“The Plane Truth About Airline Meals”

Just what do air­line meals have to do with hyp­no­sis or mind control?

Well, as it turns out, a new study shows signs that sound can influ­ence how we taste foods. Cer­tain sounds can dead­en the taste of salt and sug­ar, ren­der­ing foods bland and, well, taste­less. Such sounds as the ever­p­re­sent back­ground noise found in airplanes.

The inex­plic­a­ble bland­ness of air­line food has been pon­dered at 30,000 feet by gen­er­a­tions of trav­ellers. Now an expla­na­tion has been offered in the form of research show­ing that peo­ple lose their sense of taste when lis­ten­ing to the sort of “white noise” heard inside an air­craft’s cabin.


The find­ings could explain a phe­nom­e­non well known to air­line com­pa­nies: pas­sen­gers tend to lose their sense of taste when they are in the air. For this rea­son, air­line meals are often “improved” with extra salt, sug­ar and oth­er flavourings.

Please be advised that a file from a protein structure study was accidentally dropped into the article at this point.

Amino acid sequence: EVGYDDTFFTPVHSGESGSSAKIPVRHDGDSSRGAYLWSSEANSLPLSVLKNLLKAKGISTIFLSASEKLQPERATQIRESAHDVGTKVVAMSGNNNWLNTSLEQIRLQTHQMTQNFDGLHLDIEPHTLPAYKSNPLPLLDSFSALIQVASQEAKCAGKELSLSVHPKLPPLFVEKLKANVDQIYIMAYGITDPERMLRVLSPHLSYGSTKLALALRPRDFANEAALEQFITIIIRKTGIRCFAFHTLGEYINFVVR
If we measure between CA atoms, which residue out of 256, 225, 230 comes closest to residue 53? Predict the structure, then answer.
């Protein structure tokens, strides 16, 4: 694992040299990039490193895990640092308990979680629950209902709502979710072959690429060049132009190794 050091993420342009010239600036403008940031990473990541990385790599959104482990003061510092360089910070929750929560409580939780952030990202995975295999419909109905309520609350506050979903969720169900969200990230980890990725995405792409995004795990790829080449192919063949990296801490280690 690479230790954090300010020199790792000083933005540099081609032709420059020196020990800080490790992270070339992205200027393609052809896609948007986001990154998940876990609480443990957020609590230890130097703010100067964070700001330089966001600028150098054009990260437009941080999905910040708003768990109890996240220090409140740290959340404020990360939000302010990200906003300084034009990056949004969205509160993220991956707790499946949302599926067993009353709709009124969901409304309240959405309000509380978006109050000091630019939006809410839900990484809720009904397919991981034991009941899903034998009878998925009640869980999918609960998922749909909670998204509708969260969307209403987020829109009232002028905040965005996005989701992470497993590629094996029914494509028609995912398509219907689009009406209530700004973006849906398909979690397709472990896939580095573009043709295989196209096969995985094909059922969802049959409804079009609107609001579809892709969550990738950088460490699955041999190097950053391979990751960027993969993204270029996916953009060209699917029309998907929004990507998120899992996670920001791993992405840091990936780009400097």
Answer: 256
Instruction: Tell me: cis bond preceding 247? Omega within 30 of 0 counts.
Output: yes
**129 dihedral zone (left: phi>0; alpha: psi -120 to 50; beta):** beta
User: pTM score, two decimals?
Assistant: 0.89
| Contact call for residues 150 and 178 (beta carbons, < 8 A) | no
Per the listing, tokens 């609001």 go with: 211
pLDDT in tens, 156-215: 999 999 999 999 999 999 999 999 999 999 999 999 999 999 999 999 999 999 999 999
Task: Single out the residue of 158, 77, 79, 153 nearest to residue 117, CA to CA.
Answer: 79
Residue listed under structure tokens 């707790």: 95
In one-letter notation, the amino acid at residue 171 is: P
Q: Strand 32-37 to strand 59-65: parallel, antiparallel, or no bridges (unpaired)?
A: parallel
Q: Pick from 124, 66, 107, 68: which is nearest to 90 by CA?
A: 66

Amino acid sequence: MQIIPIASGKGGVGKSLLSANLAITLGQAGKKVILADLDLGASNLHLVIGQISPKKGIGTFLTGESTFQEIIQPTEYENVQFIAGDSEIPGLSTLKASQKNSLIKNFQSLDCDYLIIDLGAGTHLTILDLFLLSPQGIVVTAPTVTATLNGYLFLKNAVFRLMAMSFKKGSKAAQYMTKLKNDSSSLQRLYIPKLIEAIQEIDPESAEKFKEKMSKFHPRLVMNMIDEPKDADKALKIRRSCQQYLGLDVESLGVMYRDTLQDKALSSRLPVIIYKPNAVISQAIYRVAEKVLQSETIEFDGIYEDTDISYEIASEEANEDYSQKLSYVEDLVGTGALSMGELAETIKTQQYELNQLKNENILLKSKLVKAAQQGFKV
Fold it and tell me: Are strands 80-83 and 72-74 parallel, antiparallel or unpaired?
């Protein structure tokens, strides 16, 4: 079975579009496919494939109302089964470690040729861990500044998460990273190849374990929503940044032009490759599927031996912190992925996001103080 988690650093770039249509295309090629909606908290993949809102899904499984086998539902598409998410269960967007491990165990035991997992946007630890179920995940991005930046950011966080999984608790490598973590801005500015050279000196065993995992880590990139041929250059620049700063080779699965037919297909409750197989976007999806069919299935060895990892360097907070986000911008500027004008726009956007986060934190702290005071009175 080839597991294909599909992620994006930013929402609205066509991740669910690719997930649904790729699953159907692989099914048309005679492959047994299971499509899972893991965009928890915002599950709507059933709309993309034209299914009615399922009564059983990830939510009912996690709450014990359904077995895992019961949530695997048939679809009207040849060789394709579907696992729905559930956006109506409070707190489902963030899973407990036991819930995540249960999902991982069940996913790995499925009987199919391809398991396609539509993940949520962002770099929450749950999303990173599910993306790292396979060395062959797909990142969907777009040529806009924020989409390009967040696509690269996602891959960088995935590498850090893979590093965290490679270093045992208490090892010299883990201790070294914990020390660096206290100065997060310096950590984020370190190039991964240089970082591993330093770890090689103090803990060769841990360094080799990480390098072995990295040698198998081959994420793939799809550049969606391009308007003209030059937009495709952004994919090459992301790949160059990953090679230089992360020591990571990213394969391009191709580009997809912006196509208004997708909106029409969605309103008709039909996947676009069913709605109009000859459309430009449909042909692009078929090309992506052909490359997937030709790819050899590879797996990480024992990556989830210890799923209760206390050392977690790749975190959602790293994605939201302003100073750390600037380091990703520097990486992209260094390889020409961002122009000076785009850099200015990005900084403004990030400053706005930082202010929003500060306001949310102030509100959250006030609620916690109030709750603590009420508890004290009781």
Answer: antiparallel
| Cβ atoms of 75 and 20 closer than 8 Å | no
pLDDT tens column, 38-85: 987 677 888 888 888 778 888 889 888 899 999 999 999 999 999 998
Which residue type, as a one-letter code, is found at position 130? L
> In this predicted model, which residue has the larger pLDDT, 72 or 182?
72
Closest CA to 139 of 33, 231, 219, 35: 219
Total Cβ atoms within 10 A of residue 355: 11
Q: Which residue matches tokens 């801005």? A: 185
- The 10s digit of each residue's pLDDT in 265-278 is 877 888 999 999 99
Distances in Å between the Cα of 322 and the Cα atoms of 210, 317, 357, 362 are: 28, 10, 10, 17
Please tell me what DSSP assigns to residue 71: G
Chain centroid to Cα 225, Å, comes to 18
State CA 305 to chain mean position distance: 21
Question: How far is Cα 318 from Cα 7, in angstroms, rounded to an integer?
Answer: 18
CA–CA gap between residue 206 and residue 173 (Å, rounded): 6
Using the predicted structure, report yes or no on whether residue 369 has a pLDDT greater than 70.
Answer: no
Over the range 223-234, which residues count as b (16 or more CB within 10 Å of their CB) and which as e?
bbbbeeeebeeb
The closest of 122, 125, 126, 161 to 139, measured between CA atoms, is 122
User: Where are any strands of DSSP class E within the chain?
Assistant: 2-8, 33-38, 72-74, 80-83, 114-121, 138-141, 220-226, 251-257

This leads to an inter­est­ing set of ques­tions: can tastes be not only depressed but improved or changed because of sounds? (It could make an inter­est­ing diet­ing aid, a specif­i­cal­ly designed sound or sounds played while eat­ing to con­trol appetite, and that would be a more benign form of mind control.)

The sci­en­tists found that cer­tain sounds not only affect­ed peo­ple’s sense of salti­ness or sweet­ness, they also influ­enced how crunchy some types of food sound­ed to the din­ers – which in turn affect­ed their per­cep­tions of fresh­ness and palatability.

A fur­ther part of the study showed that peo­ple lis­ten­ing to sounds they deemed to be pleas­ant were also more like­ly to say that their food was tasti­er, which may explain why many restau­rants play ambi­ent back­ground music.

This sec­tion sug­gests that by con­trol­ling the sounds and music of the envi­ron­ment, restau­rants influ­ence not only the enjoy­ment of the food but even influ­ence how the food is per­ceived, whether it is fresh and fla­vor­ful. That’s cer­tain­ly a form of sub­tle mind con­trol, manip­u­lat­ing and con­trol­ling the per­cep­tions of the peo­ple eat­ing the food as opposed to allow­ing them to deter­mine for them­selves those ques­tions, and while it may be to improve their enjoy­ment of the meal, it can also be used to cov­er up infe­ri­or food.

So I guess the state­ment here should be “Let the eater beware.”

Thanks to Der­ren Brown’s blog entry for the point­er to the orig­i­nal sto­ry here.

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